The Department for Business, Energy and Industrial Strategy (BEIS) has refused to commit to a more precise timescale for the publication of its eagerly anticipated emissions reduction plan.
The forthcoming emissions reduction plan, which will establish how the government intends to meet the targets laid out in the fifth carbon plan, was originally scheduled to be published before the end of last year but was nudged back into 2017.
This was followed in October 2016 by BEIS permanent secretary Alex Chisholm telling an audience at an event organised by the Aldersgate Group that he expected the document to be published “by the end of February”.
By December its intended publication date had grown more ambiguous with business and energy secretary Greg Clark referring to a deadline of at some point “in the new year”.
Greg Clark says in the new year he will set out longer-term approach to energy - including mini-nukes - in light of new carbon plan.— Emily Gosden (@emilygosden) December 14, 2016
But when the government published its industrial strategy earlier this week, the only time frame mentioned in relation to the emissions reduction plan was “during 2017”, hinting that the government would no longer meet previously-set deadlines.
This was again reinforced in the government’s response to the Energy and Climate Change Committee’s fourth special report, sent in December 2016 but only made public earlier this week, which specifically referenced the plan but gave no details as to when it was to be released.
“We recognise the Emissions Reduction Plan will form an important signal to the markets, businesses and investors. We want to invest the time now to undertake critical preparatory work to ensure we get this right. This includes engaging across businesses, industry and other stakeholders on the shared challenge of moving to a low carbon economy,” the response stated.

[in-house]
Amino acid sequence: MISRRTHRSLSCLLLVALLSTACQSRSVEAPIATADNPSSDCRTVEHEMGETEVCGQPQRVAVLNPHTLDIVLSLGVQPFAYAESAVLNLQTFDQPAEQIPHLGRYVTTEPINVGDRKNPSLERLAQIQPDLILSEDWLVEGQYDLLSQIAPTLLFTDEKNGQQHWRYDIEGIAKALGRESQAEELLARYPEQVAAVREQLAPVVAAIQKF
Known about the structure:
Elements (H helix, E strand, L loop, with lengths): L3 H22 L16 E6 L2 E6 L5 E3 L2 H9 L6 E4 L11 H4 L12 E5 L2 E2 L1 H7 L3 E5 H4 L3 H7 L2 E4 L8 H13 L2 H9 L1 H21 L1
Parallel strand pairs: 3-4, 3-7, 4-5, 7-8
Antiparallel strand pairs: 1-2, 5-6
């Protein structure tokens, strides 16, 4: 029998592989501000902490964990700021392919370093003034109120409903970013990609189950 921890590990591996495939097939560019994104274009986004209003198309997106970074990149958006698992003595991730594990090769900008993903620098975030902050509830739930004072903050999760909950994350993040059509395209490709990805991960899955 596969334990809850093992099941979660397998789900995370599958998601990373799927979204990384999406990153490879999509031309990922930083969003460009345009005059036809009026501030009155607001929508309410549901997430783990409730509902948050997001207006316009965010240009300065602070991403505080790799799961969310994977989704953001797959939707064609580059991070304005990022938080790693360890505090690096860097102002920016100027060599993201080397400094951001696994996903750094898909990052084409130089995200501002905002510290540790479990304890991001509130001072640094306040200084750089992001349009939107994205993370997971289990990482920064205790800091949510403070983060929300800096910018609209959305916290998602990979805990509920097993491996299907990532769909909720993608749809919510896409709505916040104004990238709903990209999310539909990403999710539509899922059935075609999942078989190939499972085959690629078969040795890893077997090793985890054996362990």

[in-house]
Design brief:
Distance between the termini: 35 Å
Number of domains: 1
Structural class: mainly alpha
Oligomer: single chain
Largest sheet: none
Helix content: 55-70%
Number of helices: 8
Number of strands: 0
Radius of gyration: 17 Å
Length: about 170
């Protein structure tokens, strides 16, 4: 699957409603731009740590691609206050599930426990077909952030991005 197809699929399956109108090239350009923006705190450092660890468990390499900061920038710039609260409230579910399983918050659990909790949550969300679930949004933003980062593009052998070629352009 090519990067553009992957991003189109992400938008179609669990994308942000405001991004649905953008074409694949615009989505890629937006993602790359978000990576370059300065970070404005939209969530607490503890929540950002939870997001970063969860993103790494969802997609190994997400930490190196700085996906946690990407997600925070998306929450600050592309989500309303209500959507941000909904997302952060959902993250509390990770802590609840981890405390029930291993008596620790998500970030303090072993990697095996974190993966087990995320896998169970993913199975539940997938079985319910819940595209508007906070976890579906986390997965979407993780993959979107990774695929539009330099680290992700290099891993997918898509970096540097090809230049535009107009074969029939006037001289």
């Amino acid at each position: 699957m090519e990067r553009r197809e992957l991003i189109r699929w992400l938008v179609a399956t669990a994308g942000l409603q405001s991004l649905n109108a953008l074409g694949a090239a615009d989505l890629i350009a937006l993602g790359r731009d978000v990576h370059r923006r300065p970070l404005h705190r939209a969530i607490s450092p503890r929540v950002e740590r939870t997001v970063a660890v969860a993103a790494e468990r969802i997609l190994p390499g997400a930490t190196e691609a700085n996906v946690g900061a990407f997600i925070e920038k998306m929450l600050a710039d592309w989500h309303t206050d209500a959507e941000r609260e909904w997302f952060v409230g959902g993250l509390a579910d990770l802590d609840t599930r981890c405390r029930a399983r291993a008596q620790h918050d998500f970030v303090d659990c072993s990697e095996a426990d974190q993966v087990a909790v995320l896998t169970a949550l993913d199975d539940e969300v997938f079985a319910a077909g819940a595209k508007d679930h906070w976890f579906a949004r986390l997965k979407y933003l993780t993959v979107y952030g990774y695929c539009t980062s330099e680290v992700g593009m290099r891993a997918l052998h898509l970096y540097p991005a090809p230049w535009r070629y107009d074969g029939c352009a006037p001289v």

When contacted by Solar Power Portal, BEIS refused to commit to a specific timetable and instead discussed the scope of work that is being conducted to inform it.
“Our emissions reduction plan which will set out how we will reduce emissions through the 2020s and send an important signal to the markets, businesses and investors.
“We are investing the time now to undertake critical preparatory work to ensure we get this right. This includes engaging across businesses, industry and other stakeholders on the shared challenge of moving to a low carbon economy,” a spokeswoman said.
Tweeting about the news, shadow climate change secretary Barry Gardiner labelled any further delays a “disgrace” and mentioned how the relevant legislation stipulates that the plan should be published “as soon as reasonably practicable”.
Disgrace— Barry Gardiner (@BarryGardiner) January 23, 2017
The Legislation stipulates the plan should be published "as soon as reasonably practicable" after the Carbon budget was set in 2011 https://t.co/yHnN0owlE4
The emissions reduction plan is not the first energy-related government document to face continual delays in the last year. The smart power call for evidence, used to gather industry insight into the development of a future grid network capable of incorporating emerging technologies such as storage, was revealed to have been ready for publication as early as May 2016 but was held back for six months owing to the Brexit referendum.